World Population Day is always our busiest day of the year, and 2023 was no different. After taking a couple of days to decompress, we wanted to share some of the highlights with you.
An insightful 90 minutes
We were proud to welcome four great speakers from around the globe in a webinar to look at the critical links between education, population, women’s empowerment and the environment. They brought a wide range of perspectives and experiences, articulating their contrasting but powerful personal experiences that were heart-rending, thought-provoking and inspiring in equal measure.
We were joined by people from 25 different countries on the day, but if you missed it (or you’d like to watch it again), the whole event is available to view below.
Is education the magic bullet?
There was also a question we weren’t able to answer in the Q&A section at the end of the session, so we thought we’d do so here.
Q. How much funding is needed to address these issues per year, globally?
A. UNESCO released a report in April which put the total funding shortfall for education at US$97b. Perhaps surprisingly, the funding is currently at about 80% of that target, but obviously still a huge shortfall.
Awards for new group of change-makers
We announced the winners of our third annual Change Champions Awards, celebrating inspirational people who have made a real difference in the world. Some of the categories included Youth Champion, Media Story, Online Campaign and Population Matters Supporter.
As Cindy Forde, author of Bright New World: how to make a happy planet and winner of the Shining a Light Award, put it:
The fact that we can solve so many of our pressing challenges by inclusion, respect and kindness to women and girls is a glorious message to share with children, educators and families. Population Matters’s work lays the foundations for how we can thrive as a human family. I am delighted to help shine a light on this and to win this wonderful award.
A good news report
We have published a brand new report, Power to the people – how population policies work, detailing how population policies can and have improved the lives of millions across the world. From imagination, humour and hard work in Thailand to the journey from trauma to empowerment in Rwanda, there is a good news story here that is seldom told.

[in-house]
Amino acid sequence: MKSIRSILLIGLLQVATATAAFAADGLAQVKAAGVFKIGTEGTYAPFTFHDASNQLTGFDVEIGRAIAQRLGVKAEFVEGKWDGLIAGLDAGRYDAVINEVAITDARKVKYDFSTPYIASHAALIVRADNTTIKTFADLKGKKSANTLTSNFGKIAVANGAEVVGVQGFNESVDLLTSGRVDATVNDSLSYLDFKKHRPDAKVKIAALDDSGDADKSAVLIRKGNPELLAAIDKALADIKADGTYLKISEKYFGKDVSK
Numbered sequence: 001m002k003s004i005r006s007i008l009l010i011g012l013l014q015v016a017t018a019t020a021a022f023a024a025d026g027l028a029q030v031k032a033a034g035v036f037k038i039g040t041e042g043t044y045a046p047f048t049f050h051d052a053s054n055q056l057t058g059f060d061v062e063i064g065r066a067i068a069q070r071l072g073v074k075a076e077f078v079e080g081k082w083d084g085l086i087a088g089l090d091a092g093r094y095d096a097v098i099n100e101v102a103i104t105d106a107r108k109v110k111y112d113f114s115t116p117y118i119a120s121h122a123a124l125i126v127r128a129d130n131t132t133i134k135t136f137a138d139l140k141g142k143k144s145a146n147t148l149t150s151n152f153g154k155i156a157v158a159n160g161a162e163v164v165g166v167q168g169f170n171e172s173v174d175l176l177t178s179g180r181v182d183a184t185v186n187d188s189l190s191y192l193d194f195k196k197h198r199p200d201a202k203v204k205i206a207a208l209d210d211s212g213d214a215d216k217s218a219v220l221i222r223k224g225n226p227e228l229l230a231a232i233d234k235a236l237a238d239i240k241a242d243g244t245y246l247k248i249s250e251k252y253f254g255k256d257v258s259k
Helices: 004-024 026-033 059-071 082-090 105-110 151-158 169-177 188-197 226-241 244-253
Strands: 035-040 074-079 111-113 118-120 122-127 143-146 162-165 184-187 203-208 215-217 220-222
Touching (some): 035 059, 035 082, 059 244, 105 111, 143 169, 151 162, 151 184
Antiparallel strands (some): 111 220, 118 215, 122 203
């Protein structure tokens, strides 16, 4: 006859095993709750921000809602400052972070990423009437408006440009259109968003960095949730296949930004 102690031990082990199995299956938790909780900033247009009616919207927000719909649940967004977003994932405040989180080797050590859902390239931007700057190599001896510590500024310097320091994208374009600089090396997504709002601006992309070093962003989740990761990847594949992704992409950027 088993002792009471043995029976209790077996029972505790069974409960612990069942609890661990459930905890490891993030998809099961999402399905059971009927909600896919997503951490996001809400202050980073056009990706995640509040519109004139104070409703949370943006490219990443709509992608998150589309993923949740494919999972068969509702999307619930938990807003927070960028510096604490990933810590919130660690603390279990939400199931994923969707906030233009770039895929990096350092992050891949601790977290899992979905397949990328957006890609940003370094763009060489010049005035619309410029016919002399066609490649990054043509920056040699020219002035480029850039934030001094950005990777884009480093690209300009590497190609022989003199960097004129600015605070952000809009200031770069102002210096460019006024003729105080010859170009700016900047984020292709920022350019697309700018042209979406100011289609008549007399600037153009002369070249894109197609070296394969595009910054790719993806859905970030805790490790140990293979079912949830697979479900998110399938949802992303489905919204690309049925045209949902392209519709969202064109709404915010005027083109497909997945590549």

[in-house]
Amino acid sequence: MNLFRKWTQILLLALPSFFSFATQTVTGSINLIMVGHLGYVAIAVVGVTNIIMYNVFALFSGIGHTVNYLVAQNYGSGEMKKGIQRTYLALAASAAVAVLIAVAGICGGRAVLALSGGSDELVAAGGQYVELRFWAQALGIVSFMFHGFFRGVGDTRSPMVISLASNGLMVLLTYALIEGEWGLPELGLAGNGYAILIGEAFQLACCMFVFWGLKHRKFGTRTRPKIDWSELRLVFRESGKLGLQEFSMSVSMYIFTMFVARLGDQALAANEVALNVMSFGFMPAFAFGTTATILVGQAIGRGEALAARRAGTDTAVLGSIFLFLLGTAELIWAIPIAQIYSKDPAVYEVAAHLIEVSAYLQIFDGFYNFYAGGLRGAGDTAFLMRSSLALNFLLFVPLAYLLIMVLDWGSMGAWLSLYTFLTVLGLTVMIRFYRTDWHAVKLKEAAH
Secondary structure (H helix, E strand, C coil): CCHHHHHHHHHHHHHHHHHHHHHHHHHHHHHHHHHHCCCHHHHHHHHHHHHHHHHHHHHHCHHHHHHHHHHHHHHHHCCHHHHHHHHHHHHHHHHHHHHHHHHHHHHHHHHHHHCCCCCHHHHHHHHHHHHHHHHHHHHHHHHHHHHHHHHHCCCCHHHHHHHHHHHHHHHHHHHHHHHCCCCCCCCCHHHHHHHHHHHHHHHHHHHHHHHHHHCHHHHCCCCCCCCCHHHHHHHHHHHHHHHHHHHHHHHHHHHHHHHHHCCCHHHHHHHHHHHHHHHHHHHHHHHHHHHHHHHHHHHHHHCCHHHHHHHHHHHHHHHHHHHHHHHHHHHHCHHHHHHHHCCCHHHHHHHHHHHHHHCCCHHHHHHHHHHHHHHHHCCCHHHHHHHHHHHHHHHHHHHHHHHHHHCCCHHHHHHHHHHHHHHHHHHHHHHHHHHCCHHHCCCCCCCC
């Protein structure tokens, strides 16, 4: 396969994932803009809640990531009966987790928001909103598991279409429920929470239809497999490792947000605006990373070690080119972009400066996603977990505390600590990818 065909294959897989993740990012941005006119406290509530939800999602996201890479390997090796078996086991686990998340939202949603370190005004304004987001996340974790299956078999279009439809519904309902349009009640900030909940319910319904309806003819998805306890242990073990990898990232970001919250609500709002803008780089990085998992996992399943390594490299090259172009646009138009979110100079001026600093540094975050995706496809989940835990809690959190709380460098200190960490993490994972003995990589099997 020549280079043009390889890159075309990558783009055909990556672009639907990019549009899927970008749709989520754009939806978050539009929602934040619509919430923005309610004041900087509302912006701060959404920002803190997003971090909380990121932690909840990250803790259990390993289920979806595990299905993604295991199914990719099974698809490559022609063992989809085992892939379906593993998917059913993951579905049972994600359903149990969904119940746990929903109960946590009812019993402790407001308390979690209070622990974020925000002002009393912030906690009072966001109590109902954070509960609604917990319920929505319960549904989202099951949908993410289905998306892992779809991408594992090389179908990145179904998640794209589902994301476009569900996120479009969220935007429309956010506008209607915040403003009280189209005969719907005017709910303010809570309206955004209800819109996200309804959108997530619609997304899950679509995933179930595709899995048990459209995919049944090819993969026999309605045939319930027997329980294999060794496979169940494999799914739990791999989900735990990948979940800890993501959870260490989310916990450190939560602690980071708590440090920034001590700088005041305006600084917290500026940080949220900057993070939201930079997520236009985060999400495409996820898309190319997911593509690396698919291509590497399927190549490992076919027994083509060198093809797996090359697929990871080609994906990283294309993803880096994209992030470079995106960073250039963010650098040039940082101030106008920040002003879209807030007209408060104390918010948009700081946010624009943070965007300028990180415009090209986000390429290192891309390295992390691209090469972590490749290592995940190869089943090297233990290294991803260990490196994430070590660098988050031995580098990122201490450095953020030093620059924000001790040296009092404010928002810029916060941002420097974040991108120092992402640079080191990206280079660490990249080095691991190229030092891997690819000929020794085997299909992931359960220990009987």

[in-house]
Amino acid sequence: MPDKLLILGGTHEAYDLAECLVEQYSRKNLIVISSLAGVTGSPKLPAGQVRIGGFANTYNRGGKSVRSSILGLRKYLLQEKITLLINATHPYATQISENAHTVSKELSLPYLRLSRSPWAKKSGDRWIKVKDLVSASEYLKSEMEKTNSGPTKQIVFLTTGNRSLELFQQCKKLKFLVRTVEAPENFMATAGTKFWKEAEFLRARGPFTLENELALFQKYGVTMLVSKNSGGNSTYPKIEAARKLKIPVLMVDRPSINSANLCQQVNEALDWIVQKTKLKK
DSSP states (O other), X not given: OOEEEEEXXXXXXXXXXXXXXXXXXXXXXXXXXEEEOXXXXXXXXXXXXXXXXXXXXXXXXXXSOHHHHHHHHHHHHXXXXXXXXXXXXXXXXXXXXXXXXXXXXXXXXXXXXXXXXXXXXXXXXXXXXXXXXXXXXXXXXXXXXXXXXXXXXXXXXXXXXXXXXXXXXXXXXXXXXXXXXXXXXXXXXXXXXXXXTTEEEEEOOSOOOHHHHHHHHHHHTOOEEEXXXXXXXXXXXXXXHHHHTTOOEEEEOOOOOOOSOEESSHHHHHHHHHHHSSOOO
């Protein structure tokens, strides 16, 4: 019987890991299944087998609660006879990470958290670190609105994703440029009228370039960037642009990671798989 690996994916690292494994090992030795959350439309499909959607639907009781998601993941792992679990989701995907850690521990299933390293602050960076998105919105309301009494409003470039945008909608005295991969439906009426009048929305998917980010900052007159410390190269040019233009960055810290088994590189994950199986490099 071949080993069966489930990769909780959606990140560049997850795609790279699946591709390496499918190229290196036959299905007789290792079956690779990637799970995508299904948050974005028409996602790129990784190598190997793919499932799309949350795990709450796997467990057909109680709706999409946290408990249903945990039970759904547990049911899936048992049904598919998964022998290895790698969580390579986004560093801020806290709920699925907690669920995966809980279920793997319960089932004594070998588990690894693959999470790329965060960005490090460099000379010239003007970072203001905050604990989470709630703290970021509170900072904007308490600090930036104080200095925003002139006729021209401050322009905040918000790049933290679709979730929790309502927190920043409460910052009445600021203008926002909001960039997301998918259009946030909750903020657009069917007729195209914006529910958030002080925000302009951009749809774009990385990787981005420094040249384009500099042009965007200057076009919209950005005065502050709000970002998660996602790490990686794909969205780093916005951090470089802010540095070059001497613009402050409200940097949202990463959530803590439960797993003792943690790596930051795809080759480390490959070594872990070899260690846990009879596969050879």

Here’s a small extract from the report, taken from the Costa Rica case study which details how they managed to successfully slow population growth and eventually rank as the 16th happiest place on Earth.
Through its [the Costa Rican Government’s] family planning programme, the government made contraceptives much more accessible, particularly to rural and low-income communities. As a result, the percentage of women in rural areas who used modern contraception jumped from 24 to 64 from 1969 to 1976 […] Local churches of various denominations also contributed by normalising and helping distribute contraceptives. For example, Padre Carlo, a local minister, hosted a highly effective radio show called Dialogo, in which he challenged the cultural hesitancy to discuss sex and promoted contraceptive usage.
Make your voice heard
Last but not least, we are asking you to take action and ask that population is brought into the Summit of the Future.
This week in New York, senior politicians will gather from around the world as part of the UN’s long process intended to both rescue the Sustainable Development Goals and look beyond them. Please contact your government to demand meaningful action.
We have supplied contact information for many foreign ministries or ministers, as well as suggested text, here.